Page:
Can be fully appreciated when read as part of the series. And certainly doesn't disappoint
2 of 2 people found this review helpful
Welcome to 97-hour weeks. Welcome to life and death decisions. Welcome to a constant tsunami of bodily fluids. Welcome to earning less than the hospital parking meter. Wave good-bye to your friends and relationships.... Welcome to the life of a junior doctor. Scribbled in secret after endless days, sleepless nights and missed weekends, comedian and former junior doctor Adam Kay's This Is Going to Hurt provides a no-holds-barred account of his time on the NHS front line.
Started with a amusing recount of the career path of a junior doctor. it had so much promise but all joy and escapism from this book ebbs away as the eventual diatribe against government policy regarding management of the nhs reaches its crescendo !
I failed to last the course!
0 of 3 people found this review helpful
All seems tranquil as newly qualified health visitor Sarah motors into a small Kentish hilltop village in her new green mini. She's barely out of the car when she's called to assist the midwife with a bride who's gone into labour in the middle of her own wedding reception. And so her adventures begin.... As a health visitor, Nurse Sarah is as green as grass, but she puts her best foot into wellies and braves the mad dogs, killer ganders and muddy tracks of the farming community.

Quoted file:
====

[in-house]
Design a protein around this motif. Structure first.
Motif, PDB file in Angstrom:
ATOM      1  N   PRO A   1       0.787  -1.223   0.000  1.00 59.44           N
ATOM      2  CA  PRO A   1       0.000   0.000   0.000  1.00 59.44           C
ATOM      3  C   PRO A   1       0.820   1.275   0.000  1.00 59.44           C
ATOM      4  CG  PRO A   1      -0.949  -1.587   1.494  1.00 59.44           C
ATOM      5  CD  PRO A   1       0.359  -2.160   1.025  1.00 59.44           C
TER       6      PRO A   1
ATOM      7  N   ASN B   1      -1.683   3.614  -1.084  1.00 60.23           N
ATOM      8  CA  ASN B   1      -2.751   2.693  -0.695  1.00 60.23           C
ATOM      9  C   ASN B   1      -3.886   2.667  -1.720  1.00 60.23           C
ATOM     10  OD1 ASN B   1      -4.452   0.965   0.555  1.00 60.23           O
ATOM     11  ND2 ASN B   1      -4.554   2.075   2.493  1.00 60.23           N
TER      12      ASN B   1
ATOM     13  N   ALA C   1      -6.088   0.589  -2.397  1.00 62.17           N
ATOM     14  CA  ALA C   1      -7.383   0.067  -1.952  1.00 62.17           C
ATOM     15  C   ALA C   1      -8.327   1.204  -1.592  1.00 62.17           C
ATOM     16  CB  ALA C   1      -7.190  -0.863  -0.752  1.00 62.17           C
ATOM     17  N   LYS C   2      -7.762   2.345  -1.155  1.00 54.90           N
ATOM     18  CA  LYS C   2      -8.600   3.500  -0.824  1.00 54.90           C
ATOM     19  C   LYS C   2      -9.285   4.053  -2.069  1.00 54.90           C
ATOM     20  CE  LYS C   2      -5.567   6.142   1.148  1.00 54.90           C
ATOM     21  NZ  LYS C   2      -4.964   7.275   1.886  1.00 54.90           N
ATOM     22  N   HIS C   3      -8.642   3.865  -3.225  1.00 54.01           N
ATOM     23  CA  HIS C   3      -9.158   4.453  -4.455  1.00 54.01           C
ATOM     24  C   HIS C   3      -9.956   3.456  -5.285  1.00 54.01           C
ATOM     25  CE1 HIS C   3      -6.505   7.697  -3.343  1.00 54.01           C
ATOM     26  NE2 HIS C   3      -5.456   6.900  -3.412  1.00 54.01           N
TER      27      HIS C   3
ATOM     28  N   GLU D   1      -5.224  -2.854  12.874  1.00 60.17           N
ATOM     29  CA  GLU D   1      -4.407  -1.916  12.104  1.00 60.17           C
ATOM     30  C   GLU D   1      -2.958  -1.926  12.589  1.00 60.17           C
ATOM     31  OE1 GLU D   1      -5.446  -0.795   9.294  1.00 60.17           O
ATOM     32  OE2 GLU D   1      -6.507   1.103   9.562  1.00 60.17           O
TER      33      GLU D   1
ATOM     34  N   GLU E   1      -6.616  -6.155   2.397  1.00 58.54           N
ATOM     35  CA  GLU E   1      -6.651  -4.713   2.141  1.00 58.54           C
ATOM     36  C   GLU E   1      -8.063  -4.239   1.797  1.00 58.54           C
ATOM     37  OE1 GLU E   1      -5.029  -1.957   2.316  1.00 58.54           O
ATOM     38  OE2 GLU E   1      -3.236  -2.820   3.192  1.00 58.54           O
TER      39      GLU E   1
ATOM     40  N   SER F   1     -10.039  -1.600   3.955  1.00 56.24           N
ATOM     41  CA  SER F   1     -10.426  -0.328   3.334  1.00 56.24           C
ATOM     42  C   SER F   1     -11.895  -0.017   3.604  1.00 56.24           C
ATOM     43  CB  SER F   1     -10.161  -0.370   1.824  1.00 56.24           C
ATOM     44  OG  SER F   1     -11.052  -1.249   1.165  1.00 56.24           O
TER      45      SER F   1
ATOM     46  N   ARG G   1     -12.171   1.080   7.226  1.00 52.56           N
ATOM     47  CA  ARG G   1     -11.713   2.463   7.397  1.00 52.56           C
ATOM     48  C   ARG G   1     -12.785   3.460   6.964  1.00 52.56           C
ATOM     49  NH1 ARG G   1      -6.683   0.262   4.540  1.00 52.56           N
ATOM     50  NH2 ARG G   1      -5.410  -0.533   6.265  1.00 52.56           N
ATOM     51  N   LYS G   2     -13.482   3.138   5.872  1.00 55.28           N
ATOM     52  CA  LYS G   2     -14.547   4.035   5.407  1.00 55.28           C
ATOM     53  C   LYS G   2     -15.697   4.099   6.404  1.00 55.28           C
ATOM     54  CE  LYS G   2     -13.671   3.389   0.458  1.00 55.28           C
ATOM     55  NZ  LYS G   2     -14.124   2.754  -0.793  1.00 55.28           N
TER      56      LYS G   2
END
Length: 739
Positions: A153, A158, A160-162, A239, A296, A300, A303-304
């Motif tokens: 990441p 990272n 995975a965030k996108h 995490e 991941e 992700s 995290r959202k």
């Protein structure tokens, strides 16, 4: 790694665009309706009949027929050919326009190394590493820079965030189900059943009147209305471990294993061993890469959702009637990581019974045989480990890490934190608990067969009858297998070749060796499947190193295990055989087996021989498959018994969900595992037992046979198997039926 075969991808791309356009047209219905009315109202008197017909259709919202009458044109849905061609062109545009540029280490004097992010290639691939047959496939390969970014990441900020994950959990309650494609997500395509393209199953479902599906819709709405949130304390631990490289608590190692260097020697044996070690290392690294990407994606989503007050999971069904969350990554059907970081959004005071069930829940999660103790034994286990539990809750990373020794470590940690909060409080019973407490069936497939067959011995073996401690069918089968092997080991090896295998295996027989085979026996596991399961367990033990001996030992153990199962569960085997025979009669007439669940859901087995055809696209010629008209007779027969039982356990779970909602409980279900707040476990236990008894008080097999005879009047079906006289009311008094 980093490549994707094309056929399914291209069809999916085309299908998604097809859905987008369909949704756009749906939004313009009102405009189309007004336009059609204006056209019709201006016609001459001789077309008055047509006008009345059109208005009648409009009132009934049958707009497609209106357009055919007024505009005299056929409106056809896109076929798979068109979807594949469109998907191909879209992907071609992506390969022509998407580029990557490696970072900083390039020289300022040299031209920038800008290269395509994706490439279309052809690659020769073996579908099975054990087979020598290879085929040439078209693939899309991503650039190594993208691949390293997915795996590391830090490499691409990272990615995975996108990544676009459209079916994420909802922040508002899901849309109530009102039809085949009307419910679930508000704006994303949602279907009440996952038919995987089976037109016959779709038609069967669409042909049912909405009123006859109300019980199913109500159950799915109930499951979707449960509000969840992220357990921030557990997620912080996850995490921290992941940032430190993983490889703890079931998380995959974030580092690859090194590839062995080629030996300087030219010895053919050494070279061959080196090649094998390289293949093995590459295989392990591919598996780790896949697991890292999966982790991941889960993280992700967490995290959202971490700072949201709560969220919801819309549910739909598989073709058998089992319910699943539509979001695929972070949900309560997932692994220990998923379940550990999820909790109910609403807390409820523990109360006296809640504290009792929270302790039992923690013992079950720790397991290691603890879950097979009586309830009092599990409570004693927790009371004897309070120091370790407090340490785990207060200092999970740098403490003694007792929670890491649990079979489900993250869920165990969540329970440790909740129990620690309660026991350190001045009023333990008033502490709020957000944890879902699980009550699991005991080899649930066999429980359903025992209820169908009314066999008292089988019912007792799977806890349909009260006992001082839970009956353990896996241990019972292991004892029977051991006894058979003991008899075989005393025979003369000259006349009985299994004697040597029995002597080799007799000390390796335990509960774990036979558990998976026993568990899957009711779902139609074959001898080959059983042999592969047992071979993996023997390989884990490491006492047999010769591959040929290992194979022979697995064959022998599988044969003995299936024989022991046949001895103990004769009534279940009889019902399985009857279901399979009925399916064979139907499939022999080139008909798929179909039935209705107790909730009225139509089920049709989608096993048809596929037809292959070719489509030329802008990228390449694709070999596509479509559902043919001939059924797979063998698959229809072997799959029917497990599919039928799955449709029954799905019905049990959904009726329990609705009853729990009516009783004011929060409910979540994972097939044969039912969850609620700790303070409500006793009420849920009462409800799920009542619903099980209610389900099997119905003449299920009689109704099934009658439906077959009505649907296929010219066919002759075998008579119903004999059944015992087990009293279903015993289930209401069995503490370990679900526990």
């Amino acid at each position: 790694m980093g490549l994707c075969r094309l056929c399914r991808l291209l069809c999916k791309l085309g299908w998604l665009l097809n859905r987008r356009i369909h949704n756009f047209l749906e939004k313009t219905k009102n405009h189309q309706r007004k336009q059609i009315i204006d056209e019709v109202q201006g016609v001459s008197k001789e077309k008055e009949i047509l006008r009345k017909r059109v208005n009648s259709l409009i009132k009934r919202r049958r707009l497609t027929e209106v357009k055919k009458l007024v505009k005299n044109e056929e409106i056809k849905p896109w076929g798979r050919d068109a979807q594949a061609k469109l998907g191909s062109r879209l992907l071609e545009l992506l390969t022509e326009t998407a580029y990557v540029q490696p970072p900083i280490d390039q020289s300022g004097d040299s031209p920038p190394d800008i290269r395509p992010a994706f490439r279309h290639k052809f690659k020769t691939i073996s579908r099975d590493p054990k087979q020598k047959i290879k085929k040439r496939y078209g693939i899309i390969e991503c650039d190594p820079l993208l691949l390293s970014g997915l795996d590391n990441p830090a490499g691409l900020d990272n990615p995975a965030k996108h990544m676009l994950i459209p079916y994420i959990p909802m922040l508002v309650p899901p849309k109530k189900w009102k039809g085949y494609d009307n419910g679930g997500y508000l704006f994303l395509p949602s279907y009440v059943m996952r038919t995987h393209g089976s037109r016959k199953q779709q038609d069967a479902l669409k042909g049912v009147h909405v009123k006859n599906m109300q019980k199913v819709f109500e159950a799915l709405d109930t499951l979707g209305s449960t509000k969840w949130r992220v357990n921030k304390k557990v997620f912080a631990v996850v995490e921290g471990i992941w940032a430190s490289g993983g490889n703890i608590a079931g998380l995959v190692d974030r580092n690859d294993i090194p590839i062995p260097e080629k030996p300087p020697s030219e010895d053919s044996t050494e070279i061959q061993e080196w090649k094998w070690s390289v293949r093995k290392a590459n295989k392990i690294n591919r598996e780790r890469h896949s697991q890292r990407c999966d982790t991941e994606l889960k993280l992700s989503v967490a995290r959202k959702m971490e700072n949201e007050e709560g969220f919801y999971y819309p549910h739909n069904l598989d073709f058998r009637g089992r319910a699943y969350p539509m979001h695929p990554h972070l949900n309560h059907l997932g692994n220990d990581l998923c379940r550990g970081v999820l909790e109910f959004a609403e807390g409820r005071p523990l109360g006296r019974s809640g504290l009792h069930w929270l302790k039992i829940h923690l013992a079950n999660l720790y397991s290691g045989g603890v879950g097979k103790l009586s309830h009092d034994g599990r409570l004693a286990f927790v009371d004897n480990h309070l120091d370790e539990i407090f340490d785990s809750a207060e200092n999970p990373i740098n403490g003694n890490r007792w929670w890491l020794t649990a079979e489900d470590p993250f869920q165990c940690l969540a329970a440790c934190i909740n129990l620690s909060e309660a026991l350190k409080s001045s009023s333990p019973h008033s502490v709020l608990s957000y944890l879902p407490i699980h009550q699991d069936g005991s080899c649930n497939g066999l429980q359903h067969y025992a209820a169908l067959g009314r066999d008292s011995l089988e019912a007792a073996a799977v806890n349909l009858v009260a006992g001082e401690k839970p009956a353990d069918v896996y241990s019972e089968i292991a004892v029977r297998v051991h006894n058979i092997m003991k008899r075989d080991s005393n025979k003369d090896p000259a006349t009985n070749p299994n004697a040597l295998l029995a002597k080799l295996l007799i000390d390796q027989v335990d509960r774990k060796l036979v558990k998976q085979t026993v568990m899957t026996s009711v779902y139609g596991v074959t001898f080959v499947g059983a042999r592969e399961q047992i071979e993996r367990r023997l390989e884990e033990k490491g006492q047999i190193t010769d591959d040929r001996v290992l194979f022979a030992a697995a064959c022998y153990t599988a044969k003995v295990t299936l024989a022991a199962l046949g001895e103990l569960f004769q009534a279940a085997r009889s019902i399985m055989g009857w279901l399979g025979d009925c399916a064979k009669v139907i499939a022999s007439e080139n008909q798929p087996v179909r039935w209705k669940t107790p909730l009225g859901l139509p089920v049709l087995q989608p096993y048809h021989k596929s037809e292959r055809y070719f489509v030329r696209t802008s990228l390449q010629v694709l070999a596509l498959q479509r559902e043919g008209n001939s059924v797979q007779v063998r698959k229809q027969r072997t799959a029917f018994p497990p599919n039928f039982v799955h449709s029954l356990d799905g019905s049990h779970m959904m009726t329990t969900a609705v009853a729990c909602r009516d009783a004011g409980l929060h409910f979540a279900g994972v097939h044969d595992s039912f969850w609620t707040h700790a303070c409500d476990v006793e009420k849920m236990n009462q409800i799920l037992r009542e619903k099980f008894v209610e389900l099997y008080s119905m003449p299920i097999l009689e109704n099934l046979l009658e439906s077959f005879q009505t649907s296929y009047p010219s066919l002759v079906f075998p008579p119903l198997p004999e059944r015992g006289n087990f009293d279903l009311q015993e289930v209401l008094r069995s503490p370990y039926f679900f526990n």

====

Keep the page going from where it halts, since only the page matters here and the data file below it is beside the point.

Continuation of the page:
I nearly gave up on this due to the poor narration.
The narrator could not do the characters voices and attempts were irritating and inconsistent
The Second World War has finally come to a close. Birmingham is welcoming home its menfolk, and a new chapter is beginning in Rachel Booker's life. Her husband has returned, and the family that struggled for survival throughout the uncertain war years is now together. But family life settles into a routine, and Rachel, unsatisfied, starts to yearn for more.
The illustration on the book leads you to believe nursing is a major part of the story but this is not the case. Never the less liked this gentle story very much and loved the tender portrayal of Tommy.